life cycle:  the entire sequence of events in an organism's growth and development


light:          electromagnetic radiation that lies within the visible range


liquid:            one of the fundamental states of matter with a definite volume but no definite               



magnetic:    having the property of attracting iron and certain other materials by virtue of a surrounding field of force


mass:           the amount of matter an object contains


matter:      a solid, liquid, or gas that possesses inertia and is capable of occupying space


metamorphic rock:    a type of rock that forms from existing rock because of extreme

                                   changes caused by heat, pressure, or chemical environments


microscopic:        relating to an object too small to be visible without the use of a microscope


mixture:     the product of a thorough blending of two or more substances, not chemically combined


moon:            a natural satellite that revolves around a planet


moon phase:    a phrase that indicates the fraction of the Moon's disc that is illuminated (as seen from Earth);

                    the eight moon phases (in order): new moon

                                                                             waxing crescent

                                                                            first quarter

                                                                             waxing gibbous

                                                                            full moon

                                                                              waning gibbous

                                                                            last quarter

                                                                              waning crescent


nonrenewable resource:   a resource that can only be replenished over millions of years


organ:        a structure containing different tissues that are organized to carry out a specific function of the body (e.g., heart, lungs, brain, etc.)


organism:    any living plant, animal, or fungus that maintains various vital processes necessary for life

photosynthesis:    a chemical process by which plants trap light energy to convert carbon

                                dioxide and water into carbohydrates (sugars)


physical change:    reaction; a change in matter from one form to another, without forming new    



planet:       a large body in space that orbits a star and does not produce light of its own


pollution:    any alteration of the natural environment producing a condition harmful to living organisms; may occur naturally or as a result of human activities


population:  a group of organisms of the same species living in a specific geographical area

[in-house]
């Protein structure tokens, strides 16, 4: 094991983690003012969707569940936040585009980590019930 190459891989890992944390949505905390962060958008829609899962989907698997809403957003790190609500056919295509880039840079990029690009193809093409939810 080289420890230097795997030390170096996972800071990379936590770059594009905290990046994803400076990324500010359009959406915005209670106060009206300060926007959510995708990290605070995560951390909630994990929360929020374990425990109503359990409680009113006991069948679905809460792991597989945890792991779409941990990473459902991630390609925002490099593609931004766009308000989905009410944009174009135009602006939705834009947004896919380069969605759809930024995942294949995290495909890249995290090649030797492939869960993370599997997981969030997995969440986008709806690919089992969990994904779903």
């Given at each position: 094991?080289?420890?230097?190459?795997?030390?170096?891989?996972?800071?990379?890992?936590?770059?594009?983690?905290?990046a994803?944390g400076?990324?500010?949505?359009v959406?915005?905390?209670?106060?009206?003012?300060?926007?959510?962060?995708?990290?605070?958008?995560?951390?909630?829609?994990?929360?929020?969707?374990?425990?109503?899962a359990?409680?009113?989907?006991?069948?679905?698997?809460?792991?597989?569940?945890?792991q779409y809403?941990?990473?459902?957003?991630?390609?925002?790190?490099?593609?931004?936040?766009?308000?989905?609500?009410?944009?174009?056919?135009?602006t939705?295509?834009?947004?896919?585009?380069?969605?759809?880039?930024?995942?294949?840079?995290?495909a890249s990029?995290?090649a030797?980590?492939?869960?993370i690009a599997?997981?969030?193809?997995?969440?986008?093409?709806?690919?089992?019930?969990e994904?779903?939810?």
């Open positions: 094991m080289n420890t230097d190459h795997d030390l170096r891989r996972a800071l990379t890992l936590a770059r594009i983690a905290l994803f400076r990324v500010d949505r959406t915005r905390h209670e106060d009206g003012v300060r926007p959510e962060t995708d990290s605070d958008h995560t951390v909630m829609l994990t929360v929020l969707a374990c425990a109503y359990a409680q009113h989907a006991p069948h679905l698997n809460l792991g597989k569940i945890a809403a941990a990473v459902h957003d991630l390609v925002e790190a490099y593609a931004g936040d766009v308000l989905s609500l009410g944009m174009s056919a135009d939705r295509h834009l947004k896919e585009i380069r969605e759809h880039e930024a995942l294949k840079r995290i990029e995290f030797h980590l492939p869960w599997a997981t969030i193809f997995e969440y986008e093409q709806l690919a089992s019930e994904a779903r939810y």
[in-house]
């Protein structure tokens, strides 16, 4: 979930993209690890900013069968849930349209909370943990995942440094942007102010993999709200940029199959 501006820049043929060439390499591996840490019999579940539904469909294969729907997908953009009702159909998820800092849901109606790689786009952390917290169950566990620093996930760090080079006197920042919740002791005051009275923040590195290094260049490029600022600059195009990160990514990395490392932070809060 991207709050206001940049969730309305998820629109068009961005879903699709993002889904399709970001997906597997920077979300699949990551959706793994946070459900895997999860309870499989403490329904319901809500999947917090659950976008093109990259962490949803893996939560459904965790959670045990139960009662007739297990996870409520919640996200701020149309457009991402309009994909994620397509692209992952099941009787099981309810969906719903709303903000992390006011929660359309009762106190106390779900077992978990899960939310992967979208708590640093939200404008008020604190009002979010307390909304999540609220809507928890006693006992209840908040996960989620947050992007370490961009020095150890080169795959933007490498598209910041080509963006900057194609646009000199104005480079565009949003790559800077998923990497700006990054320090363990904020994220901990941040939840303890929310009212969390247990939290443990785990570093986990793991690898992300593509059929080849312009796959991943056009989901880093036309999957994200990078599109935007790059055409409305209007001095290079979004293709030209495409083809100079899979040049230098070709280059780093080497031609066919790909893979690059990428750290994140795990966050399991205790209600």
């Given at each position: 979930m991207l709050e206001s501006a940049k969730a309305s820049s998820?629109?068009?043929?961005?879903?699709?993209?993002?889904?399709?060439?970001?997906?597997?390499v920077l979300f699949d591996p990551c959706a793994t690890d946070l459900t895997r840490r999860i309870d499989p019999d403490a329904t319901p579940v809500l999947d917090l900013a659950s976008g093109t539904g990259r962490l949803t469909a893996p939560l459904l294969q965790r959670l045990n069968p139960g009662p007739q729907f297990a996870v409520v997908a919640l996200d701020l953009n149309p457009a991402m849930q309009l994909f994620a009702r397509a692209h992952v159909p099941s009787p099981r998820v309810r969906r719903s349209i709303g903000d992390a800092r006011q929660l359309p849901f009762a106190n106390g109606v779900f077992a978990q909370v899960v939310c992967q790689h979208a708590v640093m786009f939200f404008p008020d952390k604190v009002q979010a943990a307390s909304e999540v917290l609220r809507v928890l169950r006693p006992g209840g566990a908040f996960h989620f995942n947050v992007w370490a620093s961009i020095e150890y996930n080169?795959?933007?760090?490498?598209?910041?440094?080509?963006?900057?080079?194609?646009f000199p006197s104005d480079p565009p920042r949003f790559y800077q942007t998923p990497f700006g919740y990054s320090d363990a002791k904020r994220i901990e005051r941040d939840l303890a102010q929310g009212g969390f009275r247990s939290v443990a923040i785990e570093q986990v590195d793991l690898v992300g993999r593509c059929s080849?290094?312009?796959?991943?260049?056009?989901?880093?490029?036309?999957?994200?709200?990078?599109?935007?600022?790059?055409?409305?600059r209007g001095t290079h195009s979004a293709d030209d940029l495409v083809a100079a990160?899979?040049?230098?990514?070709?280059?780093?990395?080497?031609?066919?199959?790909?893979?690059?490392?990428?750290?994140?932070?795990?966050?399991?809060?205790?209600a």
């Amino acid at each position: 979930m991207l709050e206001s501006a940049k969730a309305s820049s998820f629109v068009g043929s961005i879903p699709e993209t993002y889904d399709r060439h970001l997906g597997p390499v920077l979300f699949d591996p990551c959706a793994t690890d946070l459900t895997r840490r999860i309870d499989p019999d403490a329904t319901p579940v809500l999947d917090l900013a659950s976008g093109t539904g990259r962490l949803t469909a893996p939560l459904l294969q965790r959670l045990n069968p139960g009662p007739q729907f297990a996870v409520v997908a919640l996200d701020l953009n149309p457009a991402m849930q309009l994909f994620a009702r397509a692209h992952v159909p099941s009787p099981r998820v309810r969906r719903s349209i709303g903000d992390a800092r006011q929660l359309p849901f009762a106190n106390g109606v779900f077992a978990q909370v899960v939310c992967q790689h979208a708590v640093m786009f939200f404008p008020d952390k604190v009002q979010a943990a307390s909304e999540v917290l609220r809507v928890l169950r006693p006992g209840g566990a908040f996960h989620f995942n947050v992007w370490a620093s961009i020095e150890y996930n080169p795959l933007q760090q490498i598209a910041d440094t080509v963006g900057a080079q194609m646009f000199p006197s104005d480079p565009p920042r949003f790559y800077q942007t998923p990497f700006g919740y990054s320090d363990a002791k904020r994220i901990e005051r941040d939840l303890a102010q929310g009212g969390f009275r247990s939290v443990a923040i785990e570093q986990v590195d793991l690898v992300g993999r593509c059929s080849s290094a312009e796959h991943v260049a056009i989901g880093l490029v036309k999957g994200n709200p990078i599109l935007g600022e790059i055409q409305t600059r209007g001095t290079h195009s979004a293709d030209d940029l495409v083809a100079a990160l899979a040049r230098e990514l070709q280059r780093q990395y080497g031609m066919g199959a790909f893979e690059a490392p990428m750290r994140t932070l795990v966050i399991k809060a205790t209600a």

potential energy:   the energy an object has because of its position or structure; stored energy


predator:    an organism that preys on and consumes animals; usually an animal


prey:  an organism caught or hunted for food by another organism


producer:    an organism that makes its own food from the environment; usually a green plant


protist:      unicellular organisms belonging to the kingdom Protista


pulley:       a type of simple machine; a circular lever, usually a wheel with a groove where a rope can be placed and used to change the direction of a force


reflection:  the bouncing off or turning back of light, sound, or heat from a surface


refraction:  a change in the direction of a wave that occurs as it passes from one medium to another of different density


renewable resource:       a resource that is replaced or restored, as it is used, by natural processes in a reasonable amount of time


resource:    any material that can be used to satisfy a need


scientific method:         a plan of inquiry that uses science process skills as tools to gather, organize, analyze, and communicate information


sedimentary rock:         rock formed from layers of sediment that overlay and squeeze together or are chemically combined


solar system:       a star and all the planets and other bodies that orbit it; the region in space where these bodies move

solid:        having a definite shape and a definite volume; one of the fundamental states of matter


solution:     a mixture of two or more substances uniformly dispersed throughout a single phase


star:         a large, gaseous, self-luminous body held together by gravity and powered by thermonuclear reactions


Sun:          the closest star to Earth and the center of our solar system


system:      a set of objects, organisms, or different parts acting to form a whole


tissue:       similar cells acting to perform a specific function; four basic types of tissue are muscle, connective, nerve, and epidermal


topography:       the surface, shape, and composition of a land area


universe:    the total sum of all matter and energy that exists


volcano:             a vent or fissure in Earth's surface through which magma and its associated materials are expelled; generally a mountain-like structure


volume:      a measure of the amount of space an object takes up; also the loudness of a sound or signal


water cycle:        the path water takes as it is being cycled through the environment, including condensation, evaporation, and precipitation


weathering :        the natural processes that break down and change rock into soil, sand, and other materials; differs from erosion in that no transportation of those materials takes place


wheel and axle:     a type of simple machine; a circular frame or disk revolving around a central axis